“Five-dimensional” disks promise storage of 10TB
A team from Swinburne University of Technology in Australia said that by harnessing nanoparticles and a “polarization” dimension to existing technology, storage can be massively boosted without changing the size of a current disc. For the first time researchers from the university’s Centre for Micro-Photonics have demonstrated how nanotechnology can enable the creation of ‘five dimensional’ discs with huge storage capacities. The research is carried out by Mr Peter Zijlstra, Dr James Chon and Professor Min Gu.We described another principle for a dense data storage in one of our previous articles.
The researchers, who have signed a deal with Samsung Electronics, said the technique had allowed them to store 1.6 terabytes of data on a disc with the potential to one day store up to 10 terabytes. One terabyte would be enough to hold 300 feature length films or 250,000 songs.
“We were able to show how nanostructured material can be incorporated onto a disc in order to increase data capacity, without increasing the physical size of the disc,” Min Gu said in a statement. “These extra dimensions are the key to creating ultra-high capacity discs.”
The researchers created the color dimension by inserting gold nanorods – which form so-called surface plasmons when hit by light – onto a disc’s surface. Because nanoparticles react to light according to their shape, this allowed the researchers to record information in a range of different color wavelengths on the same place on the disc.
To create the ‘colour dimension’ the researchers inserted gold nanorods onto a disc’s surface. Because nanoparticles react to light according to their shape, this allowed the researchers to record information in a range of different colour wavelengths on the same physical disc location. This is a major improvement on current DVDs that are recorded in a single colour wavelength using a laser.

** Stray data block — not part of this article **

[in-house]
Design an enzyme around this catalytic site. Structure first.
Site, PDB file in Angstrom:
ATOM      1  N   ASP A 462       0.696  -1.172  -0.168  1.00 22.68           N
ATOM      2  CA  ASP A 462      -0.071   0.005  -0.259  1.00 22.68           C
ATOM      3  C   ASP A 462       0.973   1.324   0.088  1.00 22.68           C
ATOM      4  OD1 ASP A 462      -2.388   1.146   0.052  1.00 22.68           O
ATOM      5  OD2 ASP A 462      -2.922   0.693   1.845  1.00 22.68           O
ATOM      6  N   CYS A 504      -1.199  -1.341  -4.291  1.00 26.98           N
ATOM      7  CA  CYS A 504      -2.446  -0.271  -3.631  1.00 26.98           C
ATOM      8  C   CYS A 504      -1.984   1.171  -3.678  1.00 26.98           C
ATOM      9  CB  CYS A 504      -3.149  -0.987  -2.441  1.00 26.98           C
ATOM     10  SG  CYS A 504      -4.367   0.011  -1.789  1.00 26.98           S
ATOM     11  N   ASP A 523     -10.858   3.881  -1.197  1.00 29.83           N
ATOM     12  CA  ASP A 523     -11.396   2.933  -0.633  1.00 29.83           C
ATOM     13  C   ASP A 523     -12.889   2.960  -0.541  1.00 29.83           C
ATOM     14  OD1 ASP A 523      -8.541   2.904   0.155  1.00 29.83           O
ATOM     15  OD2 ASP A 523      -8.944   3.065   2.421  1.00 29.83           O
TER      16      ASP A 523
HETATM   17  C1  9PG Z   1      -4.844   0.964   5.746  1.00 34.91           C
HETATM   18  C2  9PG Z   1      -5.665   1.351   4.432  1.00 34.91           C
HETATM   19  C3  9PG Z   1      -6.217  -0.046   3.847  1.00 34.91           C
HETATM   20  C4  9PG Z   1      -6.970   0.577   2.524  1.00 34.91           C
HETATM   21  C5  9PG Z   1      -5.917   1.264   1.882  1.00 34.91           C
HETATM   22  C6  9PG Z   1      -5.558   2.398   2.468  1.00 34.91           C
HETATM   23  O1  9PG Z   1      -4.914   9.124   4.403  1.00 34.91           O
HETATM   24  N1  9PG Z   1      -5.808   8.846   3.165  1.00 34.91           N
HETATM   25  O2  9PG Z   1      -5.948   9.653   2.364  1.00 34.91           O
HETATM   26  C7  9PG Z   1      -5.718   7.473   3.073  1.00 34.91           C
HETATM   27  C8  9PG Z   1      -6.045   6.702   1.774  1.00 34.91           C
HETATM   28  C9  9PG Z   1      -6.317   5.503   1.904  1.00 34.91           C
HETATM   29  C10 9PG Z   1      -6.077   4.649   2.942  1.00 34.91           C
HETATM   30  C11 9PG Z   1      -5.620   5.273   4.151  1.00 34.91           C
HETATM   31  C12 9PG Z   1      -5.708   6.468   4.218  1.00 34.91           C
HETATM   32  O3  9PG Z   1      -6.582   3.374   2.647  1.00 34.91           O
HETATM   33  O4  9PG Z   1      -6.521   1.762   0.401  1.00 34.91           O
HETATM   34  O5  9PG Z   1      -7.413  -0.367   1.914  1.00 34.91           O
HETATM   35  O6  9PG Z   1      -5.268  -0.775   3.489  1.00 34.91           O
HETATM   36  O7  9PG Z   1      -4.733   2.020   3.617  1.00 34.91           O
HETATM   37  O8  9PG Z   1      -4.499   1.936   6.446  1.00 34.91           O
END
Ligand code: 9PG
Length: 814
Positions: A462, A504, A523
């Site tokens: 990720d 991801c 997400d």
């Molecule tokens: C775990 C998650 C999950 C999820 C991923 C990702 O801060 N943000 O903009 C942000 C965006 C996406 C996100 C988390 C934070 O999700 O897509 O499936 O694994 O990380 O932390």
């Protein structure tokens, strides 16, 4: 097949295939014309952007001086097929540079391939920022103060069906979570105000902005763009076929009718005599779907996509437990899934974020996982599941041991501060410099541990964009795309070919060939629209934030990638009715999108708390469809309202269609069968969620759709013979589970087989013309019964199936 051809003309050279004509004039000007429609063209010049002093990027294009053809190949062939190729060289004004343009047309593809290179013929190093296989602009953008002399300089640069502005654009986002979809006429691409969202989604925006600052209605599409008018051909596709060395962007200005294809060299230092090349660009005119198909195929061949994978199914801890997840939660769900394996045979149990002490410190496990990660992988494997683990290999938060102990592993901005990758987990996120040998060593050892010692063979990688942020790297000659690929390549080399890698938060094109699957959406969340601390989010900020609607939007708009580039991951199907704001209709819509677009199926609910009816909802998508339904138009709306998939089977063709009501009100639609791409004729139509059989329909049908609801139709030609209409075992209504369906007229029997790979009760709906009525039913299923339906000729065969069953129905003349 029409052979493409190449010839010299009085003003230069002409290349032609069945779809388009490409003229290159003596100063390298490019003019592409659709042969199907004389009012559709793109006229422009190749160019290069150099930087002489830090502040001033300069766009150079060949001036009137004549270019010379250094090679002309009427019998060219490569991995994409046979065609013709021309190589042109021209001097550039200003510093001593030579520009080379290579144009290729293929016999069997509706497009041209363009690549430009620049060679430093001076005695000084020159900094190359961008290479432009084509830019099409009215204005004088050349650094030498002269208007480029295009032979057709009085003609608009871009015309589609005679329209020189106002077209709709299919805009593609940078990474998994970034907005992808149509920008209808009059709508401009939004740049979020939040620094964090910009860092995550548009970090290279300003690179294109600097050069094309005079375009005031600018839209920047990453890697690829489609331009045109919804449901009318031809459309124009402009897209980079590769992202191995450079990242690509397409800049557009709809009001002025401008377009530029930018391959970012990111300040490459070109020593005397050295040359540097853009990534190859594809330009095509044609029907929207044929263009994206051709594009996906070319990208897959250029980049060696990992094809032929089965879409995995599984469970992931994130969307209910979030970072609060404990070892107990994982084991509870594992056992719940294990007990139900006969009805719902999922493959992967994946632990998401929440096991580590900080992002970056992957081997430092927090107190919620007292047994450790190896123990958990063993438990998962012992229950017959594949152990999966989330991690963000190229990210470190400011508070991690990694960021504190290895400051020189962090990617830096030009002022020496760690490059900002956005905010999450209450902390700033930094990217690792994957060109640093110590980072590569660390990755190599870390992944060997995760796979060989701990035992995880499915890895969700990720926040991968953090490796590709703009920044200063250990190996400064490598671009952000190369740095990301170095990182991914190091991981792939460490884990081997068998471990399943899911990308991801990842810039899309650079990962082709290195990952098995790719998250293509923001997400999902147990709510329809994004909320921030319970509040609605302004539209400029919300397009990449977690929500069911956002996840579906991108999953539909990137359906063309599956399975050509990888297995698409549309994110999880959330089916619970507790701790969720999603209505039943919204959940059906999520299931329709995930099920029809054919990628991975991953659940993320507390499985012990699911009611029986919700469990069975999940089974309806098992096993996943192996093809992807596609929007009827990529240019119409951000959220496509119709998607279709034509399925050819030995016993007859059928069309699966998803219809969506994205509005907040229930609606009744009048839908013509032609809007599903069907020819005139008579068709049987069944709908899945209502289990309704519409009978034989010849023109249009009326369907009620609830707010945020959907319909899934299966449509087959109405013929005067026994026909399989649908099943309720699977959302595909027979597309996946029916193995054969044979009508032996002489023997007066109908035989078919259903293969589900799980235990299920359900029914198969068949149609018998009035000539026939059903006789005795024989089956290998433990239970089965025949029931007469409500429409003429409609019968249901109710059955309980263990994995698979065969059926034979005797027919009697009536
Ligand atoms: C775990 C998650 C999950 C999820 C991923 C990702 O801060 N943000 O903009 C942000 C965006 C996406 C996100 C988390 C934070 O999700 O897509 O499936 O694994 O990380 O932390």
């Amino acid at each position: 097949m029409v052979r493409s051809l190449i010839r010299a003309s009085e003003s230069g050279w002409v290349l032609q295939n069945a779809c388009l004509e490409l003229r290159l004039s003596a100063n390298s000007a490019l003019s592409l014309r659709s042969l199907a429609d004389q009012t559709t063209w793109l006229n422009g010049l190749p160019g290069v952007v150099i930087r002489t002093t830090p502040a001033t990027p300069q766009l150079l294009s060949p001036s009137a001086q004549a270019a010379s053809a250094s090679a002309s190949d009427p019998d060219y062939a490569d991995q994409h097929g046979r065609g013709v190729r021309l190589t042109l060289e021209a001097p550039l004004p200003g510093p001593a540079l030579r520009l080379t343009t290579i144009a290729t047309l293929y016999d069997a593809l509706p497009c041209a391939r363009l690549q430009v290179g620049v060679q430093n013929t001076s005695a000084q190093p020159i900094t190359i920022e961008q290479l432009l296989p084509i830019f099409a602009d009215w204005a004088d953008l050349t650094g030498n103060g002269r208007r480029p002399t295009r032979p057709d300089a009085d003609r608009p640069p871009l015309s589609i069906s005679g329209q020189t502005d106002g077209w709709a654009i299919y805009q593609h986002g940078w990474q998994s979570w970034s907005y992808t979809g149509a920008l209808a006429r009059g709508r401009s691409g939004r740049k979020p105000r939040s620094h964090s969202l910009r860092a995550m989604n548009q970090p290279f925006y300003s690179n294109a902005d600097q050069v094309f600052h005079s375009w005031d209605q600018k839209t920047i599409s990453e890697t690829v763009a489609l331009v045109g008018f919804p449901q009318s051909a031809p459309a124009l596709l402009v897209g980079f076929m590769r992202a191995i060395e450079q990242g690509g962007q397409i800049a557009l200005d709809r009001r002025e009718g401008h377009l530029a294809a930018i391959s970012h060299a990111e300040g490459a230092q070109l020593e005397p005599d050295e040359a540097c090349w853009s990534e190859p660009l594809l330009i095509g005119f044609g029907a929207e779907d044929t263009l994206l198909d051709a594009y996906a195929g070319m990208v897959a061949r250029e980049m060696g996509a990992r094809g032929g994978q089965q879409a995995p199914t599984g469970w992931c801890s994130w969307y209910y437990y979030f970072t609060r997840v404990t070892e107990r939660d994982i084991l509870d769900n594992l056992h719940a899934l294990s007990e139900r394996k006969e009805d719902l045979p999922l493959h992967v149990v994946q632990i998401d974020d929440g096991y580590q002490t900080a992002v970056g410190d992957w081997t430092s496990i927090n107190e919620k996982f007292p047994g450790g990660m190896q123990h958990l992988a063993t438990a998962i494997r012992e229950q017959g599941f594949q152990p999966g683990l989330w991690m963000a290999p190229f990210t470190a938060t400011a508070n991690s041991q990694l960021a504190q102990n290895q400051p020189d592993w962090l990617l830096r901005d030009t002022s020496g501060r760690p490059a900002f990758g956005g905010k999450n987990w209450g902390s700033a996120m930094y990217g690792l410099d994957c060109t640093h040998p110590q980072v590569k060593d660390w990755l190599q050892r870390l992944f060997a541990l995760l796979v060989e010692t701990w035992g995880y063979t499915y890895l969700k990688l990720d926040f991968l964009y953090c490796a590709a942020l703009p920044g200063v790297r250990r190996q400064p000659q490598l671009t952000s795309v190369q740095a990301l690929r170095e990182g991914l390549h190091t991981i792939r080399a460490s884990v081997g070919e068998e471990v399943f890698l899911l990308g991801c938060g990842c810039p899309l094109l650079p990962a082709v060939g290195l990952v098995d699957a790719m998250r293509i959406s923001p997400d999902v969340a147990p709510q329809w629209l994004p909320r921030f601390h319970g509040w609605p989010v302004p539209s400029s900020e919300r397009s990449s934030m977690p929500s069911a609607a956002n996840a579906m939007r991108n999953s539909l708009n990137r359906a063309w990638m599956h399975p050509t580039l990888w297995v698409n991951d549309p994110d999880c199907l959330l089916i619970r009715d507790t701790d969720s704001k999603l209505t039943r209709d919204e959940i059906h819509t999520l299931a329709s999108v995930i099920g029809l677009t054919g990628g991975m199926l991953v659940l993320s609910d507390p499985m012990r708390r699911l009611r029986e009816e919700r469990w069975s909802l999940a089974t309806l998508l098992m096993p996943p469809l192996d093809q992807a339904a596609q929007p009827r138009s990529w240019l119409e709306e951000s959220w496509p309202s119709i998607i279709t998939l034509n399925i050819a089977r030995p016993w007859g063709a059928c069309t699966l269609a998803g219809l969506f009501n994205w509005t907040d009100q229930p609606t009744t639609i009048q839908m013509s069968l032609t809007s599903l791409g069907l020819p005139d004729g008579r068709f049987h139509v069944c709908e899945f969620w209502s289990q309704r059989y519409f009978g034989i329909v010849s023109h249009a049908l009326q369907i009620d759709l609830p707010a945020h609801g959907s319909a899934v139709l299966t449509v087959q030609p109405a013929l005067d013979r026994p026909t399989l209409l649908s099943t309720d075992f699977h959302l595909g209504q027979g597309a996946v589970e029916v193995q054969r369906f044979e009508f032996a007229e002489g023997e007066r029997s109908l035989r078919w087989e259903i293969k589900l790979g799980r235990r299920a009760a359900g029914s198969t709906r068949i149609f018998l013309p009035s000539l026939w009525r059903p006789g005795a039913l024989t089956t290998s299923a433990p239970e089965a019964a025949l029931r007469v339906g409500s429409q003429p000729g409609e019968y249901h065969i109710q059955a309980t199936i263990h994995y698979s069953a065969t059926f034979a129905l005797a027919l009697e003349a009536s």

This allowed the researchers to record different layers of information at different angles. “The polarization can be rotated 360 degrees,” said James Chon in a statement. “So for example, we were able to record at zero degree polarization. Then on top of that we were able to record another layer of information at 90 degrees polarization, without them interfering with each other.”
Recent efforts based on holography have shown that up to 500 Gb could potentially be stored on standard DVD-sized disks. Holographic methods take all of the information to be recorded and encode it in the form of a graph showing how often certain frequencies arise in it. That means that the recording process is a complex, all-at-once, all-or-nothing approach that would be difficult to implement on an industrial scale.
By contrast, 5-D recording is “bit-by-bit”, like current CD and DVD writing processes in that each piece of information is read sequentially. That is likely to mean that recording and read speeds would be comparatively slow, but the approach would be easier to integrate with existing technology.
“The optical system to record and read 5-D is very similar to the current DVD system,” says James Chon. “Therefore, industrial scale production of the compact system is possible.”
Now that the method has been demonstrated in custom-made multi-layer stacks, the team is working in conjunction with Samsung to develop a drive that can record and read onto a DVD-sized disc.Dr Chon says that the material cost of a disc would be less than $0.05 (£0.03), but there are a number of advantages in moving to silver nano-rods that would bring that cost down by a factor of 100.
Some issues, such as the speed at which the discs can be written on, need further work but the scientists said their research could have immediate applications in a range of fields. On the other hand, the need for a greater data storage is growing along the new technologies. For instance, they could help store extremely large medical files such as MRIs as well as financial, military and security areas by offering higher data densities needed for encryption.
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